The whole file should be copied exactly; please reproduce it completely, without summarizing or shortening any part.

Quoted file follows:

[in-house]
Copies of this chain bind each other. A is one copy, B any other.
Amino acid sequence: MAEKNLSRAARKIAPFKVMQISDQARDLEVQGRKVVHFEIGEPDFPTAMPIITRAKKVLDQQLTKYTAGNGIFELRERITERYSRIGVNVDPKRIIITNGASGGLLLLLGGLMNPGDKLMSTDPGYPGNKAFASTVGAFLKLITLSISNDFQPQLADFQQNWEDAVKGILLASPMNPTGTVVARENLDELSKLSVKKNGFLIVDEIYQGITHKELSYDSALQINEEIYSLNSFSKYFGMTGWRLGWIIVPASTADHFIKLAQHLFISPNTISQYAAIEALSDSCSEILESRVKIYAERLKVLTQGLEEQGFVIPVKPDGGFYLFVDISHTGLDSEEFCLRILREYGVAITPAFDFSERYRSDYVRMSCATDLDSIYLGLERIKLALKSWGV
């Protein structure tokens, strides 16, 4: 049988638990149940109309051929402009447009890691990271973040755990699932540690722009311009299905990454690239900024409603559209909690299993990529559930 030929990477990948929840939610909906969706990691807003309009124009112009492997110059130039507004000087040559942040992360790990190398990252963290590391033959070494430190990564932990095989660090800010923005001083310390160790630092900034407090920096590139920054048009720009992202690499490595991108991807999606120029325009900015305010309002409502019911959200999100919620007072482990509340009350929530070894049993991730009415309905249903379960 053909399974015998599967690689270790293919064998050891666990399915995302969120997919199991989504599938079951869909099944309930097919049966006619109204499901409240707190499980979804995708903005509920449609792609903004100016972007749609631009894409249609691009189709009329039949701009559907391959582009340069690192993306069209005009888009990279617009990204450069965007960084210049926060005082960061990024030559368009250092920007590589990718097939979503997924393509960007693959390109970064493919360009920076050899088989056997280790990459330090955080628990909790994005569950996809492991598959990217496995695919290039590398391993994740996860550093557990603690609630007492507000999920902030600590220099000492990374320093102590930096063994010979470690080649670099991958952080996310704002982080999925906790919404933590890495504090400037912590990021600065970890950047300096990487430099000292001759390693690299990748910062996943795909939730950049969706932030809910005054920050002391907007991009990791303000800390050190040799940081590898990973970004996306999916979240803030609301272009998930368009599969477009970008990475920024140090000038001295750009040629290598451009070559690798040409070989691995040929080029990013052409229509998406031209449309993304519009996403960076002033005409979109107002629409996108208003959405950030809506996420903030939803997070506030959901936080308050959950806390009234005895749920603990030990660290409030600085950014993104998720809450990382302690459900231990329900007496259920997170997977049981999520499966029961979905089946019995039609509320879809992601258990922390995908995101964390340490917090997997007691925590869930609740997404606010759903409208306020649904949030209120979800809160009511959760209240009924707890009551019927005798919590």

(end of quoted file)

[in-house]
Copies of this chain bind each other. A is one copy, B any other.
Amino acid sequence: MAEKNLSRAARKIAPFKVMQISDQARDLEVQGRKVVHFEIGEPDFPTAMPIITRAKKVLDQQLTKYTAGNGIFELRERITERYSRIGVNVDPKRIIITNGASGGLLLLLGGLMNPGDKLMSTDPGYPGNKAFASTVGAFLKLITLSISNDFQPQLADFQQNWEDAVKGILLASPMNPTGTVVARENLDELSKLSVKKNGFLIVDEIYQGITHKELSYDSALQINEEIYSLNSFSKYFGMTGWRLGWIIVPASTADHFIKLAQHLFISPNTISQYAAIEALSDSCSEILESRVKIYAERLKVLTQGLEEQGFVIPVKPDGGFYLFVDISHTGLDSEEFCLRILREYGVAITPAFDFSERYRSDYVRMSCATDLDSIYLGLERIKLALKSWGV
């Protein structure tokens, strides 16, 4: 049988638990149940109309051929402009447009890691990271973040755990699932540690722009311009299905990454690239900024409603559209909690299993990529559930 030929990477990948929840939610909906969706990691807003309009124009112009492997110059130039507004000087040559942040992360790990190398990252963290590391033959070494430190990564932990095989660090800010923005001083310390160790630092900034407090920096590139920054048009720009992202690499490595991108991807999606120029325009900015305010309002409502019911959200999100919620007072482990509340009350929530070894049993991730009415309905249903379960 053909399974015998599967690689270790293919064998050891666990399915995302969120997919199991989504599938079951869909099944309930097919049966006619109204499901409240707190499980979804995708903005509920449609792609903004100016972007749609631009894409249609691009189709009329039949701009559907391959582009340069690192993306069209005009888009990279617009990204450069965007960084210049926060005082960061990024030559368009250092920007590589990718097939979503997924393509960007693959390109970064493919360009920076050899088989056997280790990459330090955080628990909790994005569950996809492991598959990217496995695919290039590398391993994740996860550093557990603690609630007492507000999920902030600590220099000492990374320093102590930096063994010979470690080649670099991958952080996310704002982080999925906790919404933590890495504090400037912590990021600065970890950047300096990487430099000292001759390693690299990748910062996943795909939730950049969706932030809910005054920050002391907007991009990791303000800390050190040799940081590898990973970004996306999916979240803030609301272009998930368009599969477009970008990475920024140090000038001295750009040629290598451009070559690798040409070989691995040929080029990013052409229509998406031209449309993304519009996403960076002033005409979109107002629409996108208003959405950030809506996420903030939803997070506030959901936080308050959950806390009234005895749920603990030990660290409030600085950014993104998720809450990382302690459900231990329900007496259920997170997977049981999520499966029961979905089946019995039609509320879809992601258990922390995908995101964390340490917090997997007691925590869930609740997404606010759903409208306020649904949030209120979800809160009511959760209240009924707890009551019927005798919590």